Monday’s merger mania contrasted with decidedly unstimulating central bank news and fresh challenges for China.
Take it away
Shares in UK food delivery firm Just Eat rose almost 25% on news of its proposed merger with Dutch rival Takeaway.com. The deal, which would create one of the world’s biggest online food delivery companies, values Just Eat at 731p a share, 15% above last Friday’s closing price. Yet investors seemed to be expecting a better offer. Just Eat shares soared to 792p following the announcement, well-above the offer price. One possible rival bidder might be online retail giant Amazon, which is known to be sniffing around the food delivery sector.
In a similar vein, shares in London Stock Exchange (LSE) soared to a record high after the firm announced a planned takeover of data business Refinitiv. The deal would transform LSE into a leading global player in data and trading platforms. LSE has itself received many advances in the past 20 years and there’s talk this latest move could flush out bidders to acquire LSE as a standalone business.
As a timely reminder of the hazards of mergers and acquisitions, shares in Sports Direct initially crashed 27% after investors heard that Mike Ashley’s company faced a £605 million unpaid tax bill for House of Fraser, which it acquired last August. Mr Ashley had pledged to transform the high-street retail store into a “Harrods of the high street” when he rescued it. However, his company now describes the problems at House of Fraser as “nothing short of terminal”. More a ‘house of horrors’.
The FTSE All-Share Index nudged up 0.2% over the week to the close on Thursday.
Not made in China
To the dismay of many, ‘constructive’ US-China trade talks ended on Wednesday with no agreement in sight. The situation then sharply worsened, after President Trump announced fresh tariffs on another US$300 billion of Chinese goods, effective 1 September.
Companies globally are feeling the ill-effects. The imposition of hefty trade tariffs by the US means that, for many foreign firms, manufacturing in China no longer makes economic sense. Over 50 international companies, including Apple, Sharp and Nintendo, have announced or are considering plans to shift their manufacturing facilities out of China to cheaper bases elsewhere. And local Chinese firms are joining the exodus.
China’s authorities are battling to stem the flight, dangling incentives and benefits aimed at neutralising the impact of tariffs. But for many firms seeking a low-cost manufacturing base, China’s charms are fading fast.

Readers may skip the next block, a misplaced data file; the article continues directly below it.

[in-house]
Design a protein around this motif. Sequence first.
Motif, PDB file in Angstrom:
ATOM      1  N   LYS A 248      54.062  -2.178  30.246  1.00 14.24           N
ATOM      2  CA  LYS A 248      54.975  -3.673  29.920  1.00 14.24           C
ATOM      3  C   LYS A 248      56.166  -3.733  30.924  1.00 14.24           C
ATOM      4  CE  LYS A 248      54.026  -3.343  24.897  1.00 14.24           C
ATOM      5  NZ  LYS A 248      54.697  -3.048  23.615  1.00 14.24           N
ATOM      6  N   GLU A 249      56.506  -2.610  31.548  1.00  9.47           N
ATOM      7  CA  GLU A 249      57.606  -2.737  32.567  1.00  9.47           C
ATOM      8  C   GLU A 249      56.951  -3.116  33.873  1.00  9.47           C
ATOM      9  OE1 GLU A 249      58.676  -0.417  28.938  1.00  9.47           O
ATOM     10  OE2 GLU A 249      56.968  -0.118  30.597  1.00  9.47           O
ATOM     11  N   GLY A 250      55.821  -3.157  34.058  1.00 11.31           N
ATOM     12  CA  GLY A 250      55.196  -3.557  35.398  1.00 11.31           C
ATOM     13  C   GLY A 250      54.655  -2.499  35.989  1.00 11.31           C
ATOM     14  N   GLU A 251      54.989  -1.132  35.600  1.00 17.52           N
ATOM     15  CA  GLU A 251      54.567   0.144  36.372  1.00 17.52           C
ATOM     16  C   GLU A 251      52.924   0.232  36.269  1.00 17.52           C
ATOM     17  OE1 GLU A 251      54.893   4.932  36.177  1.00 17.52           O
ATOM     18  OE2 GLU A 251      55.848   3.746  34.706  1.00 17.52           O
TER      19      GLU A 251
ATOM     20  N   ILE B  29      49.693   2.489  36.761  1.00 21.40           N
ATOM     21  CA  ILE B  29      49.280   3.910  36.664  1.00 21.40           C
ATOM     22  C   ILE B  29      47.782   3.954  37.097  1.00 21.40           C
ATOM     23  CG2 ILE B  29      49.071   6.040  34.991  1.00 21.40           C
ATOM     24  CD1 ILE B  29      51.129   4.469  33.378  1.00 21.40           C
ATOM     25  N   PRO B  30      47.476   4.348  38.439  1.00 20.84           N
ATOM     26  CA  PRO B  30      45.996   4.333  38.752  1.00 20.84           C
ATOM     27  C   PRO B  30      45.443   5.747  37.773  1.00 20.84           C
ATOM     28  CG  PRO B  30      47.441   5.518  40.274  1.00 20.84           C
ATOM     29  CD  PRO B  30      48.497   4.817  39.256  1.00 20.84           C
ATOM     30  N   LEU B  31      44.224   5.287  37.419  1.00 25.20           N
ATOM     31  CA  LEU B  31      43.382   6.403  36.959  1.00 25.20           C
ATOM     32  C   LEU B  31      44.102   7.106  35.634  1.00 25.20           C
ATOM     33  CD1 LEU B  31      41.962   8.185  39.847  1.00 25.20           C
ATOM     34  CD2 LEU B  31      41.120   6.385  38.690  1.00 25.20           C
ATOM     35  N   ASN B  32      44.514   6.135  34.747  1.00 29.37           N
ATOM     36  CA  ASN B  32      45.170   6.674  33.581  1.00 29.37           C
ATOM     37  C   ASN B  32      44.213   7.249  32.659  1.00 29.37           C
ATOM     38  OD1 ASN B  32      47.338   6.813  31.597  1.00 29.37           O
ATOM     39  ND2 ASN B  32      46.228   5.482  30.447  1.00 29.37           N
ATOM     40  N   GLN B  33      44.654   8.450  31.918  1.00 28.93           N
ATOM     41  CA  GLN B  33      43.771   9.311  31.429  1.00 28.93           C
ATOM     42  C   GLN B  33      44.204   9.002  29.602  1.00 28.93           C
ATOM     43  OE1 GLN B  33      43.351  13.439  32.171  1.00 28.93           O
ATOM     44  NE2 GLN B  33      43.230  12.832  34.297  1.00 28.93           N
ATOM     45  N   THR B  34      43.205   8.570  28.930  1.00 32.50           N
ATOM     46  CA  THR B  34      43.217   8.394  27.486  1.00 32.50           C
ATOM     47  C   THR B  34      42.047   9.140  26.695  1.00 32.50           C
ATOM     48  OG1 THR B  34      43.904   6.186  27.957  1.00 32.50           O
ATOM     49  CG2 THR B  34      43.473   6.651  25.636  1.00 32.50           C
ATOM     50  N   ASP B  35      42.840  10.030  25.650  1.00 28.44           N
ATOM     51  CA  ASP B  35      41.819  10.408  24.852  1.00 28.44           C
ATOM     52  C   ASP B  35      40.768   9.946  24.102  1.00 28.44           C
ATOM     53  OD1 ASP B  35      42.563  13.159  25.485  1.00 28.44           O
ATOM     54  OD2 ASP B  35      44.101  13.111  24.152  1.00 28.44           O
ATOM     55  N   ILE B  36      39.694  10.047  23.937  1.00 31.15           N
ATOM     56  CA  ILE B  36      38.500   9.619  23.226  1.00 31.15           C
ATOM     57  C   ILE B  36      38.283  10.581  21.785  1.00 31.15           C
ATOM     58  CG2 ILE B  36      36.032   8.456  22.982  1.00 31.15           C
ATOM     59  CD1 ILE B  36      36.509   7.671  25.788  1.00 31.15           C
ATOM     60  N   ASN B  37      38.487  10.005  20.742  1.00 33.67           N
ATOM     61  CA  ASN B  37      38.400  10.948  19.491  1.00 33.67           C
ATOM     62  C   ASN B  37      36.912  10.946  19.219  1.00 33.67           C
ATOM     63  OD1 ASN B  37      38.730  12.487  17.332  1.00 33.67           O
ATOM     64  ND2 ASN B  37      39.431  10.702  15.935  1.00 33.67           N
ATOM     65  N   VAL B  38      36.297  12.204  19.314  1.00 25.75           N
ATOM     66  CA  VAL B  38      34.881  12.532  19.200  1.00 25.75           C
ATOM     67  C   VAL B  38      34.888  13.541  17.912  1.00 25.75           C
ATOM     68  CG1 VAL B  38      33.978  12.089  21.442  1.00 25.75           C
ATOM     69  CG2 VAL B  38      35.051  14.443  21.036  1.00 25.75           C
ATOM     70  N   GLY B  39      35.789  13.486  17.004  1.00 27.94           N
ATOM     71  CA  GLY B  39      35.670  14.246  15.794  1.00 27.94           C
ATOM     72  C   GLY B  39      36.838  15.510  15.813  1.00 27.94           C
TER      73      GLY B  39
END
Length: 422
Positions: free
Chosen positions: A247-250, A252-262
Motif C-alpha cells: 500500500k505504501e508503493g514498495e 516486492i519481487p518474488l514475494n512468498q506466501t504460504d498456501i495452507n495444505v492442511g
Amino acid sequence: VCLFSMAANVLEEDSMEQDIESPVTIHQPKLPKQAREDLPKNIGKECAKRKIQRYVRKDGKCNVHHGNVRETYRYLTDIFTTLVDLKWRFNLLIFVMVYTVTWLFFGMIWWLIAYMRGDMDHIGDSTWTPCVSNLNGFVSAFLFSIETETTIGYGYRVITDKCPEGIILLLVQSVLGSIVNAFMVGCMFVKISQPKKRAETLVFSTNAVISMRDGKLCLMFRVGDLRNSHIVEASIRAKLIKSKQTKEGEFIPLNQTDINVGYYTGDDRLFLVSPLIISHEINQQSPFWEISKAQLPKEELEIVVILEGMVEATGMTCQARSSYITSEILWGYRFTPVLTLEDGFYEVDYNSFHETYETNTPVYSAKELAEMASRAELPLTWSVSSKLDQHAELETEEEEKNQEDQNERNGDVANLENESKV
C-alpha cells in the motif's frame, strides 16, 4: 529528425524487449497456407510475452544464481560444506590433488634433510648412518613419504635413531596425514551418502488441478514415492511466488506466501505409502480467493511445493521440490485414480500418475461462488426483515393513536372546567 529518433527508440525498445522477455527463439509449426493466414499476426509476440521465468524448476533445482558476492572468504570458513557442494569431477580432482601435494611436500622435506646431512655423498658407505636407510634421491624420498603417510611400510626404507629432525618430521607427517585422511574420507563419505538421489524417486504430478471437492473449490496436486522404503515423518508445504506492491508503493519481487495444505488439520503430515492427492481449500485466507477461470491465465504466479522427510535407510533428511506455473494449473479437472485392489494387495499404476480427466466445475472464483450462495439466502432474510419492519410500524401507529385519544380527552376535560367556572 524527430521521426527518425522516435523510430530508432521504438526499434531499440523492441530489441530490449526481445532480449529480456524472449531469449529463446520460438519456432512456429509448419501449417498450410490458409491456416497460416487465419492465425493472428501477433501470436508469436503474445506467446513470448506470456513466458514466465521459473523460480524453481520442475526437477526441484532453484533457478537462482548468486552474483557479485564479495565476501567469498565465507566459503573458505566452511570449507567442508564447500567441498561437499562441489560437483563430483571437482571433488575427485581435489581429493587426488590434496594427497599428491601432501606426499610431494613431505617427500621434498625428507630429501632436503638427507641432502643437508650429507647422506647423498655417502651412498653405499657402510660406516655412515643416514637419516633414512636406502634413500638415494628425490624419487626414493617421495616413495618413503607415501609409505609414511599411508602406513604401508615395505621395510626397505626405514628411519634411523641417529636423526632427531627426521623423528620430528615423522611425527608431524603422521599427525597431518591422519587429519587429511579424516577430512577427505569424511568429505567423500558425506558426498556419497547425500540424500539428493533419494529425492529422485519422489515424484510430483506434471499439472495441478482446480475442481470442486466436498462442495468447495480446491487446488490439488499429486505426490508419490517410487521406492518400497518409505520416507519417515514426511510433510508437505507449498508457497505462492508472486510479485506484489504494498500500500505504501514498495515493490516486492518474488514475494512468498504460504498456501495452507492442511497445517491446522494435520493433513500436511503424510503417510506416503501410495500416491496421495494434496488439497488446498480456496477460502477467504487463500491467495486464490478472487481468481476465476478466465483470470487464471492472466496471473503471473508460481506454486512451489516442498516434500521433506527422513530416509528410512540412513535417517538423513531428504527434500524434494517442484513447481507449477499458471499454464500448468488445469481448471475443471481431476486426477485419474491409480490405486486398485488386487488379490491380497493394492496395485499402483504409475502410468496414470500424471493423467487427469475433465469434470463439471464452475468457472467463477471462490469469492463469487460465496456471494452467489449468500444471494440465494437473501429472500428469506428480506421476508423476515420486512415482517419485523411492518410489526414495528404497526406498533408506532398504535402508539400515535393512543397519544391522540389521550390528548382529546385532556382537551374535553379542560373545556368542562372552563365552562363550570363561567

Trying to please everyone
The US Federal Reserve (Fed) obligingly cut rates by 0.25% as anticipated, citing weak global growth, trade policy uncertainty and muted inflation. Some observers questioned the need for a cut – the first since the financial crisis – given that the US economy grew at “a healthy pace” over the first six months of this year and rates are already low. Others, notably US President Trump, scorned Fed Chair Jerome Powell for not lowering rates more aggressively. Mr Powell equivocated, saying while he was not committing to "just one" cut, “this was not the beginning of a long series of rate cuts”.
The US S&P 500 Index returned -2.4% over the week to Thursday’s close.
Slowing, slowing, nearly gone
Estimates suggest growth in the Eurozone halved in the second quarter, rising just 0.2%. The economies of Germany and Italy failed to grow at all as a result of the global industrial downturn. Data from France and Spain was also worse than expected, reinforcing calls for the European Central Bank (ECB) to take urgent action. The ECB had earlier signalled its intent to cut interest rates and reboot its quantitative easing programme if the economy continues to flounder. These latest figures will do little to silence those clamouring for action, despite evidence suggesting further cuts to already-negative Eurozone interest rates would be ineffectual, at best.
On Thursday, the Bank of England reduced its UK growth forecasts, citing Brexit uncertainty and the slowing global economy. Holding interest rates steady for now, the Old Lady of Threadneedle Street still expects to raise rates gradually, with the proviso of a smooth Brexit and a pick-up in global growth. Not much to ask for.
The FTSE World Europe ex UK Index ended 0.8% lower over the week to Thursday’s close.
Fugitive former model Stephen Murphy was piqued at the poor pic police posted in the press, in their efforts to track him down. The 33-year-old is wanted for failing to turn up in court on charges of criminal damage, but he wanted to show his good side. Miffed at the mugshot issued by Lincolnshire cops, the ex-‘Mr Boston’ sent a selfie that he felt did his fetching phizog more justice.
Claiming to be better-looking than David Beckham, Murphy taunted police and suggested they might have better luck finding him now they have a decent image.
But as far as we know, cops are still looking for the fair-faced offender…